Sunday, January 11, 2009

BB3: Peter Turchin: A Science of History

This is the 13th in a series of posts on presentations given at Beyond Belief 3: Candles in the Dark"

You can find a list of all Atheist Ethicist blog postings covering Beyond Belief 3 at the Introduction post

And I would like to encourage you to give a contribution to the Science Network, who makes these presentations available for free.

Peter Turchin came to talk about the possibility of and the importance of "social science."

Let's look at the importance of social science first.

One of the statistics that Turchin brought to his talk was the claim that, in recent years, ten times as many people have died in intranational conflict than international conflict.

Political instability is a source of massive human misery. How do we solve this problem?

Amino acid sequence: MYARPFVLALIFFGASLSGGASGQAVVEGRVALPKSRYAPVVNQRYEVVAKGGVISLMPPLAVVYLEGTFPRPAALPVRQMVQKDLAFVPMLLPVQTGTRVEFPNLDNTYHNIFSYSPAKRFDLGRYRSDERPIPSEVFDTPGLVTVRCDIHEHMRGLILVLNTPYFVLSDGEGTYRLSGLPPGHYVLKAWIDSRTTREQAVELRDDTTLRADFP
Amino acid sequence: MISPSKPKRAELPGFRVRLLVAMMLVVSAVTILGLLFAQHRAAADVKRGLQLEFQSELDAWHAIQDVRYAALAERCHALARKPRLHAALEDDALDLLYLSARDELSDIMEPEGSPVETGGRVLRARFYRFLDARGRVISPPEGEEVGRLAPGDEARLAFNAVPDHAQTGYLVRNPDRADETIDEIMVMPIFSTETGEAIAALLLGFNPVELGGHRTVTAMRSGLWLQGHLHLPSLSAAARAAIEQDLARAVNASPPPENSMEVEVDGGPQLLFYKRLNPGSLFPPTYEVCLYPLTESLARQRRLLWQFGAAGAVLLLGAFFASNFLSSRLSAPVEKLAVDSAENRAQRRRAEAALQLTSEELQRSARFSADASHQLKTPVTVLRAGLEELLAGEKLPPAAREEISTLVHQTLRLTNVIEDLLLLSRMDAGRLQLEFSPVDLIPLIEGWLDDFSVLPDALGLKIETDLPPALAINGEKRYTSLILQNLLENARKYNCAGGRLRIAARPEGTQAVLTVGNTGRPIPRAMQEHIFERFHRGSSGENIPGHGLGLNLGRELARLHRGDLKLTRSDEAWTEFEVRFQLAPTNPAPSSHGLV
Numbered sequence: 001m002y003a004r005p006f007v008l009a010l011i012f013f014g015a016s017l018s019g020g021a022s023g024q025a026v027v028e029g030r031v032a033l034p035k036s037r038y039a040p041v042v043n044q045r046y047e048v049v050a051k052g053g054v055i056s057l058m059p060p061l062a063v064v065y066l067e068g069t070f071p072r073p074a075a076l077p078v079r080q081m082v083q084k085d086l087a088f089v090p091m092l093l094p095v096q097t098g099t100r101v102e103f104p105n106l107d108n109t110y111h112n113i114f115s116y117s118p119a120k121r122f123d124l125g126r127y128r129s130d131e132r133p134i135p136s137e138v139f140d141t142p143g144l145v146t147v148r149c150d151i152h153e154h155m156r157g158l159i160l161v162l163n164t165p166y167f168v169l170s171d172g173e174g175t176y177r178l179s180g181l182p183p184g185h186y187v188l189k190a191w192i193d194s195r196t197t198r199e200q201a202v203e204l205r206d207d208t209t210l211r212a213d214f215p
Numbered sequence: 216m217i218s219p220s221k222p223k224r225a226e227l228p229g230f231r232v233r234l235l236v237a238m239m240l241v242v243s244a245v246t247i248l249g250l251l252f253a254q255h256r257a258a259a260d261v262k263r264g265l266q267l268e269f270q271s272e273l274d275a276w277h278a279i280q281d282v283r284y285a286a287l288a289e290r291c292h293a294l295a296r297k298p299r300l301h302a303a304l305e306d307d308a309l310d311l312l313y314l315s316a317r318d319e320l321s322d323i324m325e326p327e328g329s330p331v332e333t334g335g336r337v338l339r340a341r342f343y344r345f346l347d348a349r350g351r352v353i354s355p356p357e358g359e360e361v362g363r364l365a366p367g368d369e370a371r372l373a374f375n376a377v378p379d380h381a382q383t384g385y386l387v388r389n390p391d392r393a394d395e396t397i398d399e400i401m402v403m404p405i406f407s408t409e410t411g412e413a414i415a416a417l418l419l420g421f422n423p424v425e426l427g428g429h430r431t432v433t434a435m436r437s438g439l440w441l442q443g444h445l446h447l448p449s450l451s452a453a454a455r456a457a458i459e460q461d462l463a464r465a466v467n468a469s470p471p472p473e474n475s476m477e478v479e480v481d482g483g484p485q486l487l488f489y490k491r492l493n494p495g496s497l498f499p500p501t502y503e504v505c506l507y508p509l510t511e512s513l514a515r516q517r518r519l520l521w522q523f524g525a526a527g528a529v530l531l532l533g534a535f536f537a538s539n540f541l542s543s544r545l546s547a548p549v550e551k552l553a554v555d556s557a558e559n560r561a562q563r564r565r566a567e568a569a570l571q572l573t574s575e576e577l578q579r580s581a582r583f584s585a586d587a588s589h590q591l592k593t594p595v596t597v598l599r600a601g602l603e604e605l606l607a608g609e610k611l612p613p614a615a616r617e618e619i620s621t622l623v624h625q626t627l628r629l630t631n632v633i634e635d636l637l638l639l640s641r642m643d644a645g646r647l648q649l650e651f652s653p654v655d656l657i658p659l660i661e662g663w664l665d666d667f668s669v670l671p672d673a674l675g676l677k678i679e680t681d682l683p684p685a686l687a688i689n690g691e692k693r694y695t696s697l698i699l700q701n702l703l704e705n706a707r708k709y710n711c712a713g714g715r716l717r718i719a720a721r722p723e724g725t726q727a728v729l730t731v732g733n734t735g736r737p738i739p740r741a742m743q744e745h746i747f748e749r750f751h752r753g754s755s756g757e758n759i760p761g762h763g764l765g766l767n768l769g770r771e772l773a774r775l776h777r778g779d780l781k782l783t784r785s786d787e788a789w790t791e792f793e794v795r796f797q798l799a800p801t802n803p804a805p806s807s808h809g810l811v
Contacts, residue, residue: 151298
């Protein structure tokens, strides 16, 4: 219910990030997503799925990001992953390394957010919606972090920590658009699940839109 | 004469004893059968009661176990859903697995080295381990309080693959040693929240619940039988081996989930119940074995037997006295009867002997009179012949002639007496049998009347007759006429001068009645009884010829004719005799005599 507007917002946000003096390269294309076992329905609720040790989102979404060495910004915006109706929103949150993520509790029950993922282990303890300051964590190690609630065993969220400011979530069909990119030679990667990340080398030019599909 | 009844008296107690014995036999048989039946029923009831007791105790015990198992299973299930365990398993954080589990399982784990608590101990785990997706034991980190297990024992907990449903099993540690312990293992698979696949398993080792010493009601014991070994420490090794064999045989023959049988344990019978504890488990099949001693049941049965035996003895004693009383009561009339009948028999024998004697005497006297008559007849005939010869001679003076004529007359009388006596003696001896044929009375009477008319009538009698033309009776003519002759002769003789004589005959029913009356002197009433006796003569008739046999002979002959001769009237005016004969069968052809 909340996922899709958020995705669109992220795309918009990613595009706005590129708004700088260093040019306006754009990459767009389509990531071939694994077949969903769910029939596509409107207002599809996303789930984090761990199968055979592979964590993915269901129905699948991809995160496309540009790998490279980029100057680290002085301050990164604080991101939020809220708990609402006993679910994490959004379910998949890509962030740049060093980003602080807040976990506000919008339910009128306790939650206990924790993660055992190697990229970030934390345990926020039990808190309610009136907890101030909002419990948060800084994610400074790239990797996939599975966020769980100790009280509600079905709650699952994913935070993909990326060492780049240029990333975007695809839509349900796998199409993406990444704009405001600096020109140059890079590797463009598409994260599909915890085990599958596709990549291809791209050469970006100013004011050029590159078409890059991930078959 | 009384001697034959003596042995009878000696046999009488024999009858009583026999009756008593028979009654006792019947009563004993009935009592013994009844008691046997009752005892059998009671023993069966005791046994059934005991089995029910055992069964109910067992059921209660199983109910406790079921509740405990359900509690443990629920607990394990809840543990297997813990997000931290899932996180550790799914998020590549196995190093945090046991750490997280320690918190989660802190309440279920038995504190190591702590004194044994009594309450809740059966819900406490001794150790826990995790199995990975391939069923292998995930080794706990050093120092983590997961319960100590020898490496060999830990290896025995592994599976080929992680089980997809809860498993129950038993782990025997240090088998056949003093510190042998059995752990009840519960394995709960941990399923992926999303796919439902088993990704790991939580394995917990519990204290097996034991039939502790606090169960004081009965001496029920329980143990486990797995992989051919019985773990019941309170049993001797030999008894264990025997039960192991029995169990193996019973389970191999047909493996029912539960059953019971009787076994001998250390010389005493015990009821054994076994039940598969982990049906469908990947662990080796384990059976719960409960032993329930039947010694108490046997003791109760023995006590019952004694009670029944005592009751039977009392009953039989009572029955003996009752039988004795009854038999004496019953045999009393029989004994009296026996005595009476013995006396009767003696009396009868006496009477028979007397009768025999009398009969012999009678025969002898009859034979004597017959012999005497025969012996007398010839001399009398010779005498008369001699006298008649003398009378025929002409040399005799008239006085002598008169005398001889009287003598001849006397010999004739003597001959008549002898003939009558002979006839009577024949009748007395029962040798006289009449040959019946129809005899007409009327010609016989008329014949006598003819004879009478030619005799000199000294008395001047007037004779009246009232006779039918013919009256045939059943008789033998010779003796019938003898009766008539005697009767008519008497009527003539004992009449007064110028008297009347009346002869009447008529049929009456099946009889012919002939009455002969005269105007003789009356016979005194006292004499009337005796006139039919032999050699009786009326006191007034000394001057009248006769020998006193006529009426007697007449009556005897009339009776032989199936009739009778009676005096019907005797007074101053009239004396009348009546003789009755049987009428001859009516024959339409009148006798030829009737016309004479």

It would seem, Turchin argues, that the same reasons we have for valuing medicine and the health of individuals, we have reasons for valuing social sciences and the health of societies. When societies become unhealthy, people die. To prevent death, we look at what makes societies sick, and we find ways to treat or cure those social diseases.

Solving problems such as this is why we need a science of history. Turchin laments the fact that the study of history is a study in which people propose a lot of theories (e.g., theories for the decline of the Roman Empire), but no theory ever gets rejected. There is no method for falsifying a theory in history, so history fails to provide us with data that is useful for avoiding the problems of political instability.